We know there's no substitute for the real thing—but these DIY versions come really, really close (and you can eat them in your pajamas).
They're the croissant-doughnut hybrid that has New Yorkers lining up for hours
, even in a snowstorm, and copycat versions are popping up all over (even Gayle's a fan
). And while this take on the famed Cronut® from Lush to Blush
blogger Megan Elliott may not be an exact replica of the real thing -- which consists of a croissant-like dough fried, rolled in sugar, filled with cream and topped with glaze -- it's a lot easier to come by (as in, you can get everything you need at the supermarket without having to endure a three-hour wait). The secret ingredient is frozen puff-pastry dough. You brush each layer with an egg wash, and then cut the dough into doughnut-shaped pieces, bake and then deep fry them; and, just before gobbling them up, coat each one with the sugar glaze and sprinkle with brown sugar and cinnamon.
Get the recipe: DIY Croissant-Doughnuts
A tray of exquisite-looking truffles is something to behold: The small, rich chocolate treats are more special than regular candies, since they're textured on the outside but gooey on the inside. Yet, creating them from scratch is simpler than you'd think, says Christina Rakitze, director of pastry operations at the New York sweet shop and bistro Sugar and Plumm
. To embrace your inner Willy Wonka, all you need is a box of brownie mix, a jar of Nutella and a bottle of corn syrup. The fun is in the toppings -- you can roll the truffles in crushed cereal, toasted nuts, sprinkles, coconut or anything else you can think of.
Get the recipe: Brownie Truffles
We have yet to meet anyone who hasn't been seduced by the garlic breadsticks at Italian restaurants, and it turns out making your own is even better, since you can customize the shape and flavor. Take frozen pretzels (SuperPretzel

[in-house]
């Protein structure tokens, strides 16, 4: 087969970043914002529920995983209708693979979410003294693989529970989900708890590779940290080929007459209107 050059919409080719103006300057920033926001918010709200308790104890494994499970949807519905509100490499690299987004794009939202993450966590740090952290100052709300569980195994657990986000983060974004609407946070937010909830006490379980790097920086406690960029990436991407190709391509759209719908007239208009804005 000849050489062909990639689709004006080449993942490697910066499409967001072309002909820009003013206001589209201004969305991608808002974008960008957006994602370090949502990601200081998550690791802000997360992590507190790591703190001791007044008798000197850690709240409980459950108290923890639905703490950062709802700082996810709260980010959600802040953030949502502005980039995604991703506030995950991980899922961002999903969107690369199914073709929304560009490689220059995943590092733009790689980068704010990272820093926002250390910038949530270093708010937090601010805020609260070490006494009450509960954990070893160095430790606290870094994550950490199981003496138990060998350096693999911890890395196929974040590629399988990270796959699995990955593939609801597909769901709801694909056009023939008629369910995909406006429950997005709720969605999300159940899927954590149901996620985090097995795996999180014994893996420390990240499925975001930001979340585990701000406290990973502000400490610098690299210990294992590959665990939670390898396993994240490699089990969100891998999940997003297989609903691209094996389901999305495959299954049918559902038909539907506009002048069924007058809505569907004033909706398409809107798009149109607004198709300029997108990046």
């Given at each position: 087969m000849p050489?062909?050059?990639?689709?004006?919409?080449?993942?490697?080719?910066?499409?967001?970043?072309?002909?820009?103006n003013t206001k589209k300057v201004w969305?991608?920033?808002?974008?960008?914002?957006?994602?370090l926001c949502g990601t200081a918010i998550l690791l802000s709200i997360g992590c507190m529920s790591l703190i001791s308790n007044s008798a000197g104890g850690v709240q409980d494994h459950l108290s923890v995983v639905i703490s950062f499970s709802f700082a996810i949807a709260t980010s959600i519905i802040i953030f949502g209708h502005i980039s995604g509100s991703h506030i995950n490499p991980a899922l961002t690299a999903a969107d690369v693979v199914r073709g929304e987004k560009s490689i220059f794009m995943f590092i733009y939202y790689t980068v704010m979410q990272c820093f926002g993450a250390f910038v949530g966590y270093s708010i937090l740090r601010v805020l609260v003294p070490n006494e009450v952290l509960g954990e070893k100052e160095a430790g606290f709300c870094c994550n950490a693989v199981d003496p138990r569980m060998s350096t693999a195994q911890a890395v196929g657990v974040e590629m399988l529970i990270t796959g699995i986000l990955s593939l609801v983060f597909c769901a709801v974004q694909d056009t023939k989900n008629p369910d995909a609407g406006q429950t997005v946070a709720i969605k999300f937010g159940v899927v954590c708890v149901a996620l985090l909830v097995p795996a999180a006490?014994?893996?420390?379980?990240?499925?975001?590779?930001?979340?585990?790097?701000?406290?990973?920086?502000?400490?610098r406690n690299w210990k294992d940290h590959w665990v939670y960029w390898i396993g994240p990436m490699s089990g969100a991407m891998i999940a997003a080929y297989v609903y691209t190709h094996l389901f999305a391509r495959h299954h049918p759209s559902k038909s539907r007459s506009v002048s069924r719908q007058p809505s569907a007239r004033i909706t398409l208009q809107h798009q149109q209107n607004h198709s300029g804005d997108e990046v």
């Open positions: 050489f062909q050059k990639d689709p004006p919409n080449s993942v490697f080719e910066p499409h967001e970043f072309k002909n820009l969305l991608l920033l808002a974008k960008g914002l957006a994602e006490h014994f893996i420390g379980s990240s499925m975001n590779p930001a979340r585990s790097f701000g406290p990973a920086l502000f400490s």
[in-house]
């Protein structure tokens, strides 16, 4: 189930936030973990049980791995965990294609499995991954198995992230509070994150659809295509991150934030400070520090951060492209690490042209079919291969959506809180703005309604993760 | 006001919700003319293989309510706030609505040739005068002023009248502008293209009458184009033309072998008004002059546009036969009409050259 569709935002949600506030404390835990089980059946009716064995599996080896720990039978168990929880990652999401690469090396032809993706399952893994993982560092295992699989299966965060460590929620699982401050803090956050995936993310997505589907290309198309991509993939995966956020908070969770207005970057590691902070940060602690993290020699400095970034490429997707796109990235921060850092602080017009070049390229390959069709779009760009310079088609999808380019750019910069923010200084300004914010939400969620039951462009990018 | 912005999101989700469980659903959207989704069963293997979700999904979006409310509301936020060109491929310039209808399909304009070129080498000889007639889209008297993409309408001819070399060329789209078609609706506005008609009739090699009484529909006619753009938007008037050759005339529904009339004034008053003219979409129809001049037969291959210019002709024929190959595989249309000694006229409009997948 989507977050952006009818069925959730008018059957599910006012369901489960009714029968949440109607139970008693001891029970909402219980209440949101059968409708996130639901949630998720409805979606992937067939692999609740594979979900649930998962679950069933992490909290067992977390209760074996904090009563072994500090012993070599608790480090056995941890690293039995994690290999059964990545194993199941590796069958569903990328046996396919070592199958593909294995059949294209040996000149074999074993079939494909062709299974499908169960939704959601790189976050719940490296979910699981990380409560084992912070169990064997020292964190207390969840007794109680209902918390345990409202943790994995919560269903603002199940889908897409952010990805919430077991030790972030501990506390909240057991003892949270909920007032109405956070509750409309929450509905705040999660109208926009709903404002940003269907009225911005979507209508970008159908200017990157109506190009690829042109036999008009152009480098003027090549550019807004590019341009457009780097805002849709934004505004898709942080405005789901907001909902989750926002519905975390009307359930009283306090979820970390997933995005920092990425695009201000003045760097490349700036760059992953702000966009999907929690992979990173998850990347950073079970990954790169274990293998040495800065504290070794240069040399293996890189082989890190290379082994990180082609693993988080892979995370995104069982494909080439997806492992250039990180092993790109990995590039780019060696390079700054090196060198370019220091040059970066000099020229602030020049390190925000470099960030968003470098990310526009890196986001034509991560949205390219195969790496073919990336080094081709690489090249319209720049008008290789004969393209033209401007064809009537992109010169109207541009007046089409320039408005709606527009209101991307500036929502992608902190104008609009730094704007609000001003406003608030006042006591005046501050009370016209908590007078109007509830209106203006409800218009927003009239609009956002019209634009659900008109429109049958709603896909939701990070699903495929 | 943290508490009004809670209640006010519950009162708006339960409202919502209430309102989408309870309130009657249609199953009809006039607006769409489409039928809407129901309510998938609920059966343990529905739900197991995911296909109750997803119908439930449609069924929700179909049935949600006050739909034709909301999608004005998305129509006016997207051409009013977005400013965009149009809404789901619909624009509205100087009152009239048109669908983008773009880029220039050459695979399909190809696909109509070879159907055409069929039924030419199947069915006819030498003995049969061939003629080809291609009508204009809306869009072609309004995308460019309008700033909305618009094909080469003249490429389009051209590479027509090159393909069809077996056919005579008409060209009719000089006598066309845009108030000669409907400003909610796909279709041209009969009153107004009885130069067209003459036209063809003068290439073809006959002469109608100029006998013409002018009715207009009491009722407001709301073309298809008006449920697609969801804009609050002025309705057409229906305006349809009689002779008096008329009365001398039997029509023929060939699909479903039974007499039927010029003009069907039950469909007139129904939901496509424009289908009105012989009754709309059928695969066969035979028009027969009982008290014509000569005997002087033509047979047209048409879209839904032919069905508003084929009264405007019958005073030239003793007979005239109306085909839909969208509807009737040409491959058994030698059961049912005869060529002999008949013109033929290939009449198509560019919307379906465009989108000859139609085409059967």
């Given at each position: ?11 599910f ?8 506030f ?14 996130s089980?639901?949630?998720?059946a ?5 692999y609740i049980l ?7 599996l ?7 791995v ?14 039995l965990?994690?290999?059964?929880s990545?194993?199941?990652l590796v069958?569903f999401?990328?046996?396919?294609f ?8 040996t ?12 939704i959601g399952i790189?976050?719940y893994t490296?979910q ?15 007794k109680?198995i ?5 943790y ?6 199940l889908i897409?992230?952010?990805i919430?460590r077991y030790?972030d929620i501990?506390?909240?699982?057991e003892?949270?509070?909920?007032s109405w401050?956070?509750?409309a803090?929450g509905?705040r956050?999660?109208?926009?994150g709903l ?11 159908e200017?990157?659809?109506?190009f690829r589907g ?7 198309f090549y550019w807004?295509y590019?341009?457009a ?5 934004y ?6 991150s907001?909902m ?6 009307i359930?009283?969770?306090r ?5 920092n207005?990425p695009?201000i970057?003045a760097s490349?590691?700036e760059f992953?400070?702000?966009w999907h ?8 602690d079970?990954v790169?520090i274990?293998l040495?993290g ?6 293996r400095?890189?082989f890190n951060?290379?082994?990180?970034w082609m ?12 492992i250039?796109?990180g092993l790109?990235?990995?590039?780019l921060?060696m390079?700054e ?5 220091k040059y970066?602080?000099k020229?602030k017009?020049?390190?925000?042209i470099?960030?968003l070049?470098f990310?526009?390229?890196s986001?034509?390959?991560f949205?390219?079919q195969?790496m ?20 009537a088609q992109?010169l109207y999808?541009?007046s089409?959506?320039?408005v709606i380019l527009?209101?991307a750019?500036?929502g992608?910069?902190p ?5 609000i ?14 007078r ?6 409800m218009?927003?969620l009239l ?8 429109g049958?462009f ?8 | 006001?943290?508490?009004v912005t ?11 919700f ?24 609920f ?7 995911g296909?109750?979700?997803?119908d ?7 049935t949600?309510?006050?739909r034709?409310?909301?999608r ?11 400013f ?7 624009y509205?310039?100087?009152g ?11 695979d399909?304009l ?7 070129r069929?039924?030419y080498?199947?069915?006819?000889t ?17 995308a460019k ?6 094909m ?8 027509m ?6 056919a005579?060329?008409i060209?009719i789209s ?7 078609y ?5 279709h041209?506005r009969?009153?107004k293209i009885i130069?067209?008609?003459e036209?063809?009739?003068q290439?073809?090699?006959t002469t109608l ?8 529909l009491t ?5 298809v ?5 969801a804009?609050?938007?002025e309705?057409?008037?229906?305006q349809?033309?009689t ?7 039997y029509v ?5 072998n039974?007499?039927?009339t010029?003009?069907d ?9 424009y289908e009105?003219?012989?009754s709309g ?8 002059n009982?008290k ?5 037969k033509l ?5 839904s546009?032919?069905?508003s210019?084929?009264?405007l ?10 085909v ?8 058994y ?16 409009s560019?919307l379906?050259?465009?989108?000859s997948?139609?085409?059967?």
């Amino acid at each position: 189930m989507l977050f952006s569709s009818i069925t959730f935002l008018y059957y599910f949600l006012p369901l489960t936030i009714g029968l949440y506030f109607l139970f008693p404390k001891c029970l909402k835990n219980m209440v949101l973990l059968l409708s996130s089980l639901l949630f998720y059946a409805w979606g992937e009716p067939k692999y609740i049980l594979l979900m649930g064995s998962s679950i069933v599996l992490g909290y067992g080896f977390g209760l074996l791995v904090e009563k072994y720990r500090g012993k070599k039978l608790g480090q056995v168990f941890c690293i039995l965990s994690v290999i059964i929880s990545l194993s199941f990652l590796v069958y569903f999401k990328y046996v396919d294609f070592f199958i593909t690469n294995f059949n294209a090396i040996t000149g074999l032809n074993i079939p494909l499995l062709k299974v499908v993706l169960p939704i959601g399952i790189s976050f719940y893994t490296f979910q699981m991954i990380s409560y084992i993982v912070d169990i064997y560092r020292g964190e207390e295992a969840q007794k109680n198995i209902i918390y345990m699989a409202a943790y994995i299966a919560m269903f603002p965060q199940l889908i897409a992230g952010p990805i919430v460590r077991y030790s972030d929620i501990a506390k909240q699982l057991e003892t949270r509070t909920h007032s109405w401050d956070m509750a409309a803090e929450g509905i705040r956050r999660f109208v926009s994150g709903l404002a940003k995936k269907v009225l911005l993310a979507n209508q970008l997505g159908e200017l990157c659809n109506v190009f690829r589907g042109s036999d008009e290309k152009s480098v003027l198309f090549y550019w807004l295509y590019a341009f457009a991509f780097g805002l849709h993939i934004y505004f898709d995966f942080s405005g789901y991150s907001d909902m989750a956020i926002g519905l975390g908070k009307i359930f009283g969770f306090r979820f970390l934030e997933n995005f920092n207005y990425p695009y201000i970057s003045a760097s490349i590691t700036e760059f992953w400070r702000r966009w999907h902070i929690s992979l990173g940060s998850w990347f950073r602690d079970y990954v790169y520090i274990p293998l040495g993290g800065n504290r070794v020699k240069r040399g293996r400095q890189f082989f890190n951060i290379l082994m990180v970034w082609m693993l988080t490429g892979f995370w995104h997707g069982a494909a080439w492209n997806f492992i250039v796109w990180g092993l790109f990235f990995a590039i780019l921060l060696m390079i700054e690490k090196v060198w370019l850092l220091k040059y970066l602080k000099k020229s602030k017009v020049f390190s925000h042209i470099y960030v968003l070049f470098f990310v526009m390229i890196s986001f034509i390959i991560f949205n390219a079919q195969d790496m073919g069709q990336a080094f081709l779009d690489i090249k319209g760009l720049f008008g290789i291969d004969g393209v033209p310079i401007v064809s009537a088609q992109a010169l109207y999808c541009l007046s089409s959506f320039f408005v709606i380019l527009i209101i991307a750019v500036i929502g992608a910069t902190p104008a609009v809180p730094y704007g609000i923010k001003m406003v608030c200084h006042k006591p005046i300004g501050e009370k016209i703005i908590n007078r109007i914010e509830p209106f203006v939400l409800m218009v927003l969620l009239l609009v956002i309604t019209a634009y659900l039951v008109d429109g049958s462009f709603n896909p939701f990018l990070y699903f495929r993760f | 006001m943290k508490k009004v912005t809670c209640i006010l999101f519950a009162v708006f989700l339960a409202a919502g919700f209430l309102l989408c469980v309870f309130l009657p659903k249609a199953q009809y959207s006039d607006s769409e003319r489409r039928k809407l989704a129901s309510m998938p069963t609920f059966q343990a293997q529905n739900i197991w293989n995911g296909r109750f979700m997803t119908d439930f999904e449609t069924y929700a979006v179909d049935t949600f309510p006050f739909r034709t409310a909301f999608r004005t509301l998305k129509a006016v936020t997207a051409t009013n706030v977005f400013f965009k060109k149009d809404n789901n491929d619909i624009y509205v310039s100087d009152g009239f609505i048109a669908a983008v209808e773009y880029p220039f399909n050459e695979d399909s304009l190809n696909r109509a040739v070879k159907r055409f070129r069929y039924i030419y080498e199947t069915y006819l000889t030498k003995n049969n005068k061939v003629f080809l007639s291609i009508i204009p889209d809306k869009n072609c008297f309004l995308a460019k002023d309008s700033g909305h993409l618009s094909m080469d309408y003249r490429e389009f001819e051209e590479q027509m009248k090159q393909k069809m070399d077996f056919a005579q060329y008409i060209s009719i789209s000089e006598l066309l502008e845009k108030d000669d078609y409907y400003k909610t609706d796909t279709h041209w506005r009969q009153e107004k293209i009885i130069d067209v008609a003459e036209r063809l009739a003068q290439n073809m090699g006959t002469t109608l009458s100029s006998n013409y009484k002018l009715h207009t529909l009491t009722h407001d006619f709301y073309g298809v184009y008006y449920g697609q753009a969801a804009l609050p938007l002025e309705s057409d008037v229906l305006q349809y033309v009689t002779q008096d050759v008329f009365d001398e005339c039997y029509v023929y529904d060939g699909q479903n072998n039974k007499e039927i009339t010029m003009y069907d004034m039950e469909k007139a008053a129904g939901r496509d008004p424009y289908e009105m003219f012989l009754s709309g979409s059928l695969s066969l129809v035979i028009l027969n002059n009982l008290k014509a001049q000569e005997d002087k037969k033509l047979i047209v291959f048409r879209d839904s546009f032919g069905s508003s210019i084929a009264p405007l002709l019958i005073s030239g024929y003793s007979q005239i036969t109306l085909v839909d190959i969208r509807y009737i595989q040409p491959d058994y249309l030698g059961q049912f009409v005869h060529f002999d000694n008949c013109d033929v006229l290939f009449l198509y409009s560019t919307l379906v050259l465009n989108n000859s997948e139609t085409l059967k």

is the classic) and spritz them with garlic-infused olive oil using a spray bottle. Before baking, sprinkle with flaky sea salt, such as Maldon or Casina Rossa Truffle & Salt
-- the latter of which, Oprah says, "adds an aromatic note of luxury to everything." Once they're out of the oven, you can (optionally) sprinkle them with grated Parmesan cheese, finely chopped fresh herbs (basil and parsley are good) and cut them into 2-inch sticks (leave the twists in tact as their own bite-size treats).
Matt Wittmeyer Photography
We've spotted shortcakes drizzled with the Italian liqueur on restaurant menus and seen recipes for versions that include homemade biscuits, but Heather "Cupcakes" Saffer, author of The Dollop Book of Frosting
and winner of Food Network's Cupcake Wars
, puts a semihomemade spin on the dessert that we haven't seen before. She does make her own strawberry frosting (it's hard to beat the sweet-tart flavor of fresh berries), but relies on a roll of refrigerated buttermilk biscuits for the dessert's base. They're just as absorbent as ones made from scratch, so they beautifully soak up the zingy limoncello.
Get the recipe: Strawberry-Frosted Limoncello "Shortcakes"
It's not that making these sweets-on-sticks is difficult -- but it can be a little time-consuming (bake the cake, crumble the cake, mix the cake with frosting, form it into balls, are you still with us?). This no-brainer recipe from blogger Angie Dudley, aka Bakerella
, uses store-bought doughnut holes, which you dip in melted candy coating, chocolate chips or white chocolate chips. Leave them at that, or decorate with espresso beans, crushed pretzels or any of these other brilliant toppings
Get the recipe: Doughnut-Hole Cake Pops
Keep in touch! Check out HuffPost OWN on Facebook and Twitter .